One of Britain’s most iconic cities, York, has a once-in-a-generation opportunity to reposition itself for the digital age. Ian Gray, project director at Homes England and Network Rail and Avison Young’s Stuart Howie discuss why York Central’s time may finally have come.

Ian Gray

Ian Gray, project director at Homes England

There’s no better time to move ahead with the regeneration project at York Central, according to Ian Gray, project director at Homes England and Network Rail, York Central, and Stuart Howie, head of Avison Young’s regeneration business.

Stuart Howie

Stuart Howie, head of Avison Young’s regeneration business

“We’ve now got all the ingredients in place. We’ve got planning consent, funding coming to do the phase one infrastructure and market demand, so it’s got to be a great time,” says Gray.

At 45 hectares, York Central is one of the largest brownfield sites in England. Located next to the city’s existing retail and business core and the railway station, the mixed-use development site has the potential to bring a valuable piece of York city centre to life.

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With outline planning consent currently set at 2,500 new homes and 1 million sq ft of commercial space for the first phase, some - including Sir Stuart Lipton - have suggested that the density of the development could be pushed further.

Gray agrees: “We have to push the densities. Clearly with the nature of the site viability has always been a question.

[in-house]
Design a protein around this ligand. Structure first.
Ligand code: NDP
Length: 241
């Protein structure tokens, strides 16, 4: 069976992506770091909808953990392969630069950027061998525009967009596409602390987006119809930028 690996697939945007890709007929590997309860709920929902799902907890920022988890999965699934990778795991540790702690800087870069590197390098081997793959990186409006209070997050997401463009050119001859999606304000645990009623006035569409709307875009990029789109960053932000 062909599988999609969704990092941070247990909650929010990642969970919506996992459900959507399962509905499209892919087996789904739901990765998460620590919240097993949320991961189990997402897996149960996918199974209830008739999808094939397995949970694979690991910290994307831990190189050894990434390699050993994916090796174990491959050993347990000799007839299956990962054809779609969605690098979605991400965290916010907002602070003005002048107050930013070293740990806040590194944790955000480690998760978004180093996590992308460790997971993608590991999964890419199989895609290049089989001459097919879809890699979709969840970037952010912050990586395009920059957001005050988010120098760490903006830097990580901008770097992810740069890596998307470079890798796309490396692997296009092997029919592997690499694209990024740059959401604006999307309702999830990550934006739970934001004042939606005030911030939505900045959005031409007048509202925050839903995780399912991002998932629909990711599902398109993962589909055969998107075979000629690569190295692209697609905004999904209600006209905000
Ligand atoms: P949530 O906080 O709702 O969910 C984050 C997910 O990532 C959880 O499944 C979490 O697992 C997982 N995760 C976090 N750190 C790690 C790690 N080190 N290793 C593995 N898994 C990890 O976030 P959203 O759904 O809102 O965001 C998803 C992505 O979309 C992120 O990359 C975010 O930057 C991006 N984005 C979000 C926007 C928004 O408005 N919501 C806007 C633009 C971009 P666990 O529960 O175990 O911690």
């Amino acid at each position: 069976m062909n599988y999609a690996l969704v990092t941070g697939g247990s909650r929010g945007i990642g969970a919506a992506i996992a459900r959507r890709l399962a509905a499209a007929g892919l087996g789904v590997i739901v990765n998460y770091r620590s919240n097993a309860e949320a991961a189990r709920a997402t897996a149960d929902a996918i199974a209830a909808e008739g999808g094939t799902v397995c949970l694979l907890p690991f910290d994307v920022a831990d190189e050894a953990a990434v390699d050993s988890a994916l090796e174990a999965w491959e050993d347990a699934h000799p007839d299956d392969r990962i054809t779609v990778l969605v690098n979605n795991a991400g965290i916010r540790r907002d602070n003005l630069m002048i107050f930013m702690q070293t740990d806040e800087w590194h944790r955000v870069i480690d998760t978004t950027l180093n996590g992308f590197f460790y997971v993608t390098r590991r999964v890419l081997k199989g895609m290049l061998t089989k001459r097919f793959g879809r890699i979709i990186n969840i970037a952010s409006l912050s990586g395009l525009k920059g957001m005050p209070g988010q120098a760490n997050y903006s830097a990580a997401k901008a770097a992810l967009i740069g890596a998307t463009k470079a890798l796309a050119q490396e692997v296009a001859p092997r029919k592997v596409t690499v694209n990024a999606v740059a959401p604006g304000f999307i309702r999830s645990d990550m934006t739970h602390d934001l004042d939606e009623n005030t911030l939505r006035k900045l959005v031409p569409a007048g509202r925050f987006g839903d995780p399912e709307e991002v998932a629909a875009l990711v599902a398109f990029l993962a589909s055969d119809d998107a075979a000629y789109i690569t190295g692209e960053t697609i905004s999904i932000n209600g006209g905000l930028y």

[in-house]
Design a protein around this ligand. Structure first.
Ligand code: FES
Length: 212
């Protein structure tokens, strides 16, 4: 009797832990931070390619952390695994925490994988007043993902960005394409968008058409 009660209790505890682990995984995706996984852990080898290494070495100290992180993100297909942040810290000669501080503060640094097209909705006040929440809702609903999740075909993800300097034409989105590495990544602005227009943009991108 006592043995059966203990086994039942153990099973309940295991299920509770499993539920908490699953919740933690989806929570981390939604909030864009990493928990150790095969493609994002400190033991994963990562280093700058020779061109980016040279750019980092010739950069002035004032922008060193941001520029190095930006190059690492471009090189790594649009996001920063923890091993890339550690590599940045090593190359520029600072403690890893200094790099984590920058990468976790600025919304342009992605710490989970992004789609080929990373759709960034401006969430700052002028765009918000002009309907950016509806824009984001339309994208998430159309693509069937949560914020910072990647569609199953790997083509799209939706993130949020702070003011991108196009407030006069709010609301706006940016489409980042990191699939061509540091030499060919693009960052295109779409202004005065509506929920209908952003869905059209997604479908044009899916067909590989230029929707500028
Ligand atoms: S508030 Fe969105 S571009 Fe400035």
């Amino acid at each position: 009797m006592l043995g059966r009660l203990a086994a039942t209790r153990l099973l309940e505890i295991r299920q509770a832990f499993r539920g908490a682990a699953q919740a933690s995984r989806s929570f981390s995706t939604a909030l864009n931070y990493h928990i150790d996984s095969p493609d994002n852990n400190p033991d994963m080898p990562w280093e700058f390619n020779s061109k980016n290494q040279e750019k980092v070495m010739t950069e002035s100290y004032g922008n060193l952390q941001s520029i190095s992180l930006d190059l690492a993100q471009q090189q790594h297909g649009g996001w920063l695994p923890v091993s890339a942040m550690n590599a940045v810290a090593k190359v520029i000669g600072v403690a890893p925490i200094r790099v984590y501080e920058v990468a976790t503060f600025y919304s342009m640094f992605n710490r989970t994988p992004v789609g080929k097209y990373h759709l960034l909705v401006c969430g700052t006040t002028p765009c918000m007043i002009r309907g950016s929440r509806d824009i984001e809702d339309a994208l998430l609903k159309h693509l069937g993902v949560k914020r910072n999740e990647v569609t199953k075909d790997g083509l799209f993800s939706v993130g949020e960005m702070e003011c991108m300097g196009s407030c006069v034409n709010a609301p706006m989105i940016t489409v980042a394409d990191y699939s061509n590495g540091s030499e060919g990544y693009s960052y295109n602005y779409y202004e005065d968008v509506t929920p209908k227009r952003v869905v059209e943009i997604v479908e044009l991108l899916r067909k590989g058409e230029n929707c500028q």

“Our job as master developers is to really push the planning consent as much as we can to get what is a fantastic opportunity for the city,” he added.

Stuart Howie believes that the smooth delivery of York Central will depend on three things. Principally, sponsors, resources and people to drive the project forward; second, the scheme’s viability, which will unlock infrastructure funding; and finally, market appetite, which will draw investment and occupiers.

Howie, who has over 20 years experience on regeneration projects including the £1 billion regeneration project in Purfleet, says: “A long term project is always going to go through cycles. So if you can be developing and de-risking it, getting some tenants in to get phase one away, so you’re hitting the uptick of the economy, there’s no better time to launch a major scheme.”

A recent market-wide study by Avision Young and Pinsent Masons found that while many believe partnerships work, common pitfalls keep occurring: chiefly partners not being realistic about the commercials.

For a project some twenty years in the planning, Gray believes that York Central will successfully deliver on the government’s agenda around vacant public land and the best use for it while tapping into the government’s major infrastructure projects such as HS2 and the Northern Powerhouse.

The long-term prospects for the project will be dependent on the public sector getting the doors open and making the project real for people from the get-go. As Howie points out, the key for Gray and the team at York Central has to be ensuring the project is sufficiently de-risked to bring forward investment.

With its community-focus and proximity to a major transport hub, Gray believes York Central is best suited to an investment partner looking for a long-term return over up to 40 years, rather than short-term development profit.

Given its connection to the public realm, the scheme comes with a number of revenue-generating opportunities, in addition to community spaces which will need to be maintained.

As Howie says: “patient capital is not just investing in the building, it’s investing in the place”.

You can listen to this podcast via Apple Podcasts or Spotify or SoundCloud or through the player above. This podcast was produced by Blackstock Consulting founder Andrew Teacher and you can Tweet your views at @BlackstockPR

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